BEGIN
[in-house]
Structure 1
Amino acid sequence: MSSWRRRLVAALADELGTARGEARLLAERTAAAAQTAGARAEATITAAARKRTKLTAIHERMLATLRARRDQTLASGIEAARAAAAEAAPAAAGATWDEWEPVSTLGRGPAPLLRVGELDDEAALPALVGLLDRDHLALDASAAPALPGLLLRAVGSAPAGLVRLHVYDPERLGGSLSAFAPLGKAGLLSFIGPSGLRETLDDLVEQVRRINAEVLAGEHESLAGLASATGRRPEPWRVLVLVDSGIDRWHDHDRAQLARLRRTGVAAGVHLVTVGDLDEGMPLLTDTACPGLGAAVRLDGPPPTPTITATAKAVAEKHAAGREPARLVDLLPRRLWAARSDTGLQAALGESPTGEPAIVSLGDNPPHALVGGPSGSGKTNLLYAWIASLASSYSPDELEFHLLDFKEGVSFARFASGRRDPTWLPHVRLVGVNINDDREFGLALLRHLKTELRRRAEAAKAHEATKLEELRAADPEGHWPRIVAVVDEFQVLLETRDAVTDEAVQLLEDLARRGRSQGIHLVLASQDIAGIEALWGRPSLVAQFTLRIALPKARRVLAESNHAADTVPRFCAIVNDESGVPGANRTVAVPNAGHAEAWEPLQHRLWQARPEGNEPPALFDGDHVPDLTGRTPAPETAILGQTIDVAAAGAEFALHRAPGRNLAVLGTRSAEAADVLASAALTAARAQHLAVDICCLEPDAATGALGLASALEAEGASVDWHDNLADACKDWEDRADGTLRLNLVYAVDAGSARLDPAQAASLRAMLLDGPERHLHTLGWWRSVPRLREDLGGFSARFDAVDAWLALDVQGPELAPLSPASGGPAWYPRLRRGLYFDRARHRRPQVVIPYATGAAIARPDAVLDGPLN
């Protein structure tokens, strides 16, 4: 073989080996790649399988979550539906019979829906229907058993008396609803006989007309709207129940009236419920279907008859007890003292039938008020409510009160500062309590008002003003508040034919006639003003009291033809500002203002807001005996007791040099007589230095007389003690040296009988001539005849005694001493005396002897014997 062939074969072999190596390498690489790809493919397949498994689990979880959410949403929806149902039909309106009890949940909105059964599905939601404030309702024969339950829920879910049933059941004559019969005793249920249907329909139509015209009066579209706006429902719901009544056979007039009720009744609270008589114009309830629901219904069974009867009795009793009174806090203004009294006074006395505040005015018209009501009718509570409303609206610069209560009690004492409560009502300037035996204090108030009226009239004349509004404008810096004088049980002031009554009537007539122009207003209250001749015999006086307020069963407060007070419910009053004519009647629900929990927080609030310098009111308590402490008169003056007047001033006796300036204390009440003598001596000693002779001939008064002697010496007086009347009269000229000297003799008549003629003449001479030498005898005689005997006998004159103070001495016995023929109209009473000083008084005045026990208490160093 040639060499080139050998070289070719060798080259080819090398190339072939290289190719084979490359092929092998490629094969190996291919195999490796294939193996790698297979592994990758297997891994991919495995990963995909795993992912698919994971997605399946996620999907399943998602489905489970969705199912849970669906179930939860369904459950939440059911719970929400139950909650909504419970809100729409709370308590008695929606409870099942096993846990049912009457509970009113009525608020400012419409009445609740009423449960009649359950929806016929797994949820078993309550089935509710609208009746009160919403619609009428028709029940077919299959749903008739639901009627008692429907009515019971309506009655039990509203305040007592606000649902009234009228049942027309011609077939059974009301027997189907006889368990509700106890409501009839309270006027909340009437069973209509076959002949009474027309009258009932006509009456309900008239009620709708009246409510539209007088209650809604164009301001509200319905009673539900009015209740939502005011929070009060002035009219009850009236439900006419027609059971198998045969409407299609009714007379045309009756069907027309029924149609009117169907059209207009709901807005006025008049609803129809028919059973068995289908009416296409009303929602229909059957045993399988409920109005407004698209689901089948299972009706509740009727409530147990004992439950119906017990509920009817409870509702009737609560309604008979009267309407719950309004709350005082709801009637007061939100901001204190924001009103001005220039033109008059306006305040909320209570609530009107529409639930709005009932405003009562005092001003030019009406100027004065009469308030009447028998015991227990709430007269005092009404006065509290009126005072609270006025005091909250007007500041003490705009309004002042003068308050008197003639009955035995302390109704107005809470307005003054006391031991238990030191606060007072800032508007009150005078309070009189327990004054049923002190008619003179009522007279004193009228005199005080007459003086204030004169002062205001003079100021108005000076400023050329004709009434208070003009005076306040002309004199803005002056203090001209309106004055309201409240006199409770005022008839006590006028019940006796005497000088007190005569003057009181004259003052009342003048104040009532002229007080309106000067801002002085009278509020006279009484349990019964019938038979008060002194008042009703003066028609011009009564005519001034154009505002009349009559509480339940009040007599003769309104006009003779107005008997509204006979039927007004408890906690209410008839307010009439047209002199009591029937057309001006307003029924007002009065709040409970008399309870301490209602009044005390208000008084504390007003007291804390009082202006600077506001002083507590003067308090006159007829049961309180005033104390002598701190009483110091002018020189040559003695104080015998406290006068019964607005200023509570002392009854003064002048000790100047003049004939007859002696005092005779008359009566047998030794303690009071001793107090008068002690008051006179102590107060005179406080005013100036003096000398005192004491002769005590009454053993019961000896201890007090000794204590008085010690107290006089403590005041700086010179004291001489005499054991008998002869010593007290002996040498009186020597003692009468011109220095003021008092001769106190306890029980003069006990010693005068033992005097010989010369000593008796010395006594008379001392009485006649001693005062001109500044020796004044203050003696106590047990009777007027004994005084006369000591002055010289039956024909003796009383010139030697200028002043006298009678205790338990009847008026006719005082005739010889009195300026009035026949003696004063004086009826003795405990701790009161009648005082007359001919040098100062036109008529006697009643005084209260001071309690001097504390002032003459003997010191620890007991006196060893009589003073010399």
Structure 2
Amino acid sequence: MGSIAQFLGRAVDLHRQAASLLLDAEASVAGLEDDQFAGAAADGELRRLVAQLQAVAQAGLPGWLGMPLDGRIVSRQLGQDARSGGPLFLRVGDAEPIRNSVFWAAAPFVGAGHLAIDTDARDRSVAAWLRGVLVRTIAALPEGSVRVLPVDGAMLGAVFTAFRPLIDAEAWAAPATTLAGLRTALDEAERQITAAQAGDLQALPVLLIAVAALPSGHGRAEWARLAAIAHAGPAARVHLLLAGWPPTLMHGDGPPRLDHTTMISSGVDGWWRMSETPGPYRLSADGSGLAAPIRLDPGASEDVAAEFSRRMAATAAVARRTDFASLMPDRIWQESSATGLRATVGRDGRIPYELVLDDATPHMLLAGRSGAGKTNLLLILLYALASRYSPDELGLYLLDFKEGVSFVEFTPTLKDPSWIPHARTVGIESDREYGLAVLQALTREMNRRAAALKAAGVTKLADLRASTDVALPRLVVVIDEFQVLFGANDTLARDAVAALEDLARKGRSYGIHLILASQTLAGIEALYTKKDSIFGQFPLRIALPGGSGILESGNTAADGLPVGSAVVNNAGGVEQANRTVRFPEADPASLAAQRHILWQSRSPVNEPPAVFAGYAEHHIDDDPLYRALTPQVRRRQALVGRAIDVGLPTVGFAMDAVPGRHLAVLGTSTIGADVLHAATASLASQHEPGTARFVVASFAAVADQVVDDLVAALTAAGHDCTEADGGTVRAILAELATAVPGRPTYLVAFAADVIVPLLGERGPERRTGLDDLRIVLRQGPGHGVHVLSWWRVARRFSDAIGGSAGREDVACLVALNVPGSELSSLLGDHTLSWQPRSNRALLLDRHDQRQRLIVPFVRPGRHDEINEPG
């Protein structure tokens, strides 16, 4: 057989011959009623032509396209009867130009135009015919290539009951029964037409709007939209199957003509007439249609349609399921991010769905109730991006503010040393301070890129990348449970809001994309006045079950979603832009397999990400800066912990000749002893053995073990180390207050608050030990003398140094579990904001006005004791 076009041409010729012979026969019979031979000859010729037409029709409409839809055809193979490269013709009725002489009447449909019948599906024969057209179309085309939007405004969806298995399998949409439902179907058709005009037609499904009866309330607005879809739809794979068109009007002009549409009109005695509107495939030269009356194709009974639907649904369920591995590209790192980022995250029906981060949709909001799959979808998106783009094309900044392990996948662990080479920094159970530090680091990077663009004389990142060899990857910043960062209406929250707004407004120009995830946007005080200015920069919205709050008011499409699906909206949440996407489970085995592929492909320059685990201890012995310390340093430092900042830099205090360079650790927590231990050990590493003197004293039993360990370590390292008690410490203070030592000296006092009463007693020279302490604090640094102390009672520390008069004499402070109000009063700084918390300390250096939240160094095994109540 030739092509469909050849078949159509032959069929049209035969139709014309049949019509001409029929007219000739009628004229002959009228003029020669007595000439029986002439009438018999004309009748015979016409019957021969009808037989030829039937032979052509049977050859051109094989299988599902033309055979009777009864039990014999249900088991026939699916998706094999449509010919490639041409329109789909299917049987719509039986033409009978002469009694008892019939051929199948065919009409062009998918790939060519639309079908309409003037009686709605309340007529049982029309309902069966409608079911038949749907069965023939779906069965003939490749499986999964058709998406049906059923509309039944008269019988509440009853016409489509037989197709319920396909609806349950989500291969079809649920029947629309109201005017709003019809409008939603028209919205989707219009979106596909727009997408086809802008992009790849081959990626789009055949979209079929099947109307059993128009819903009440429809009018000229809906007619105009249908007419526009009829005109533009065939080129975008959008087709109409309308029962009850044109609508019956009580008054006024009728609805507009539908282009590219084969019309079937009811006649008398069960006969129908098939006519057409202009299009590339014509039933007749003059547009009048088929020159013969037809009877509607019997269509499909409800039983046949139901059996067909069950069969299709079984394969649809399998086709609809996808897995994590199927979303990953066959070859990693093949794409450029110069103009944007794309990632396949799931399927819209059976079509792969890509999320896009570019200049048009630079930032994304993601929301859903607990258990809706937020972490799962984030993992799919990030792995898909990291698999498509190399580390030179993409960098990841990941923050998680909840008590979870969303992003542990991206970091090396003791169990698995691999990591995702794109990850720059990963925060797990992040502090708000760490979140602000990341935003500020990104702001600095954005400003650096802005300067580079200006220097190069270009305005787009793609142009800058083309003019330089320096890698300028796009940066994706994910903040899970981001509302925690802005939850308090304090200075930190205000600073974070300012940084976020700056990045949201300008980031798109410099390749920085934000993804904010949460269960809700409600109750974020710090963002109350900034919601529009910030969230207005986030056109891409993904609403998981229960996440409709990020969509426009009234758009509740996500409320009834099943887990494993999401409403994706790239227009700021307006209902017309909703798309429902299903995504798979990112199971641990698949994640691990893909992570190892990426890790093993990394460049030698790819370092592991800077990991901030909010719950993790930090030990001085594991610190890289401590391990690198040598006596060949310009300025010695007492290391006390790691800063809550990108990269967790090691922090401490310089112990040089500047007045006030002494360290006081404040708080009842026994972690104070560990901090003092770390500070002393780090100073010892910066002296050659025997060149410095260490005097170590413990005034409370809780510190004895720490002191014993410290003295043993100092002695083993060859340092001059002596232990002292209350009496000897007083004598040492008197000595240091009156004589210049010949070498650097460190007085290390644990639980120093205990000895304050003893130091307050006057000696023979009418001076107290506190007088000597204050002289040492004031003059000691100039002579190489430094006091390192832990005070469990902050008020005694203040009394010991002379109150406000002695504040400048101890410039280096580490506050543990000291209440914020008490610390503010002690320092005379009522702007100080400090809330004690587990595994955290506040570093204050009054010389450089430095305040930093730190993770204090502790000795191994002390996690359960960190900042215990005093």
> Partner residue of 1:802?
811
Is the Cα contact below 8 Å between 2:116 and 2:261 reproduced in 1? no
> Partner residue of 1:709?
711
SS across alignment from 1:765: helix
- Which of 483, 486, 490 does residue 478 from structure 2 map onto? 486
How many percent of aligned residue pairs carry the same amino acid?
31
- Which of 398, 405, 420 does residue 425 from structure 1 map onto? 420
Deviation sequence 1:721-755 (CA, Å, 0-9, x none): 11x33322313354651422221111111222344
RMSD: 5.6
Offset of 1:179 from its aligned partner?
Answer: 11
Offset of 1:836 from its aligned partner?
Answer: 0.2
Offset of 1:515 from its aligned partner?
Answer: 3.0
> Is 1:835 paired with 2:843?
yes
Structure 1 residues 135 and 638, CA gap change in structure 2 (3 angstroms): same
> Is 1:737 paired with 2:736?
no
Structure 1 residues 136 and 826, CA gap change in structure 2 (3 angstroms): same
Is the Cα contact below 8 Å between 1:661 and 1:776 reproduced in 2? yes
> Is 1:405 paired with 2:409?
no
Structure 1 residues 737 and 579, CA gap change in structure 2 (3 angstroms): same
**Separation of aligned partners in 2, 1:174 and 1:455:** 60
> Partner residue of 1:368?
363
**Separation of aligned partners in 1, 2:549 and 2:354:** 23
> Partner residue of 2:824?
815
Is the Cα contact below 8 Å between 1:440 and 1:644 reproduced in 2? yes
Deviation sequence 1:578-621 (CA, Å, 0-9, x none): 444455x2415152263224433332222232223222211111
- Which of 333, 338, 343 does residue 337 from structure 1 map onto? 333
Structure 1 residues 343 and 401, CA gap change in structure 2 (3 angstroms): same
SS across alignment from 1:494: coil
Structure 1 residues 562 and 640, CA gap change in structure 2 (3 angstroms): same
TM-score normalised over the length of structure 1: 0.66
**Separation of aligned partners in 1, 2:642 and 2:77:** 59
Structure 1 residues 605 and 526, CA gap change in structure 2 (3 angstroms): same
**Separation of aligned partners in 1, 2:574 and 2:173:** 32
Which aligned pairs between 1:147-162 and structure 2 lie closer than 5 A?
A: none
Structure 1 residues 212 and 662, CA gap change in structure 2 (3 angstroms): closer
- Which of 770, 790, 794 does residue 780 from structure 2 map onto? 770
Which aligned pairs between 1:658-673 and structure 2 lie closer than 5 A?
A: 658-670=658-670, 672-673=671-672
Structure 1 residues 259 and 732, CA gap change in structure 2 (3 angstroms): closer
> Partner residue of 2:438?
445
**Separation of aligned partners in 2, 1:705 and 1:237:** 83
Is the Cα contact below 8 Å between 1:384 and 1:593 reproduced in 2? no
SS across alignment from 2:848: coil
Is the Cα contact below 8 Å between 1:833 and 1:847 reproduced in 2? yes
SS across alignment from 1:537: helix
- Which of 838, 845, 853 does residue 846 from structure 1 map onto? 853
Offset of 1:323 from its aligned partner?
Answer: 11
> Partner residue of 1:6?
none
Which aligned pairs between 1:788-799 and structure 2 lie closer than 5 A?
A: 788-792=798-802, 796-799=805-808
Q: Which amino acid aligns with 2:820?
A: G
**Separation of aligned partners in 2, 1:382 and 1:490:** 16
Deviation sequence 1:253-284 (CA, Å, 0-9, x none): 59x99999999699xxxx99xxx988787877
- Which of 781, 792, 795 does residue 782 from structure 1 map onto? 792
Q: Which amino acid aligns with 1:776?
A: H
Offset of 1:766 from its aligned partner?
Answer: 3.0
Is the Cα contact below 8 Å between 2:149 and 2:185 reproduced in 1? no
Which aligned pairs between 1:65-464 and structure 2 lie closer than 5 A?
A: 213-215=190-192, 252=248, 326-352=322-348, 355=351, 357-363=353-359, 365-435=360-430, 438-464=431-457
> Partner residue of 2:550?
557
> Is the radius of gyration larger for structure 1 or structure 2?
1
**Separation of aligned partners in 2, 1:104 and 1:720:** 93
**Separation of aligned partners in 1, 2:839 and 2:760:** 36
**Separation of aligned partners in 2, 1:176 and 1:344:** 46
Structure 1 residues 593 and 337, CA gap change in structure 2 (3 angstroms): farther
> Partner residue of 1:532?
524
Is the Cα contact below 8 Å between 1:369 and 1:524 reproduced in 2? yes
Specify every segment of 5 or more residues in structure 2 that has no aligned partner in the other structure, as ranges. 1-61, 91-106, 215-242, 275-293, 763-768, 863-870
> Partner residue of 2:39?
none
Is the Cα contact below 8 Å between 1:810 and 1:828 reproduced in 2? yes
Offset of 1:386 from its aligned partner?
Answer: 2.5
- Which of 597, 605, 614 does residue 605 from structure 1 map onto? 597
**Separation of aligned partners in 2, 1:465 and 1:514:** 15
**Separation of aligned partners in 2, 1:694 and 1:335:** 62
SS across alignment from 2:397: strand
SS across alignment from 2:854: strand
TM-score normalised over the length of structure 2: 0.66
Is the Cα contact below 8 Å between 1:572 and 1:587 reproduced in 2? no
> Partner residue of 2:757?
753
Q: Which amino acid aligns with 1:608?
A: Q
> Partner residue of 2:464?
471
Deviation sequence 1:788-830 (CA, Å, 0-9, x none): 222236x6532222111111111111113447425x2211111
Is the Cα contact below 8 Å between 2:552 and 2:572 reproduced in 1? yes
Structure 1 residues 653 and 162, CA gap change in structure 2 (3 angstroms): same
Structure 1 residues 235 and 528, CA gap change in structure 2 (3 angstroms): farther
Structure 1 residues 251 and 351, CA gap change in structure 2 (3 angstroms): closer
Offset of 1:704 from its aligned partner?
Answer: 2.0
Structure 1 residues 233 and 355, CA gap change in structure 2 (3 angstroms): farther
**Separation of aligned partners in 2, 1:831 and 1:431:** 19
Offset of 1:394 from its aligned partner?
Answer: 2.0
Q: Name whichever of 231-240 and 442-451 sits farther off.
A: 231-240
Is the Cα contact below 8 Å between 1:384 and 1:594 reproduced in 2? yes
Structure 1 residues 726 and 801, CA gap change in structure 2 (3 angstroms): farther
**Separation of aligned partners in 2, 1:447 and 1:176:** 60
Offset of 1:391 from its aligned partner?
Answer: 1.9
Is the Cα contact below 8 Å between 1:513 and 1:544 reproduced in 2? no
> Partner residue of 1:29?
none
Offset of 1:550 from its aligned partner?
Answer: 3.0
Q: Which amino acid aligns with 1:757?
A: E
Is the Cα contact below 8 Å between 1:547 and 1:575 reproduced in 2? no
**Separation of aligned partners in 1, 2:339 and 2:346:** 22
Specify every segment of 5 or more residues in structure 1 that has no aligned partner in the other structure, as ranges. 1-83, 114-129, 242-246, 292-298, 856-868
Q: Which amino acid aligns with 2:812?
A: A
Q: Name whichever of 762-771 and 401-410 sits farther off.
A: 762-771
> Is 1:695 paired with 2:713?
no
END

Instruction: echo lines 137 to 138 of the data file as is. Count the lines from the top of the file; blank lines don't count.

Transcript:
Answer: 3.0
Q: Which amino acid aligns with 1:757?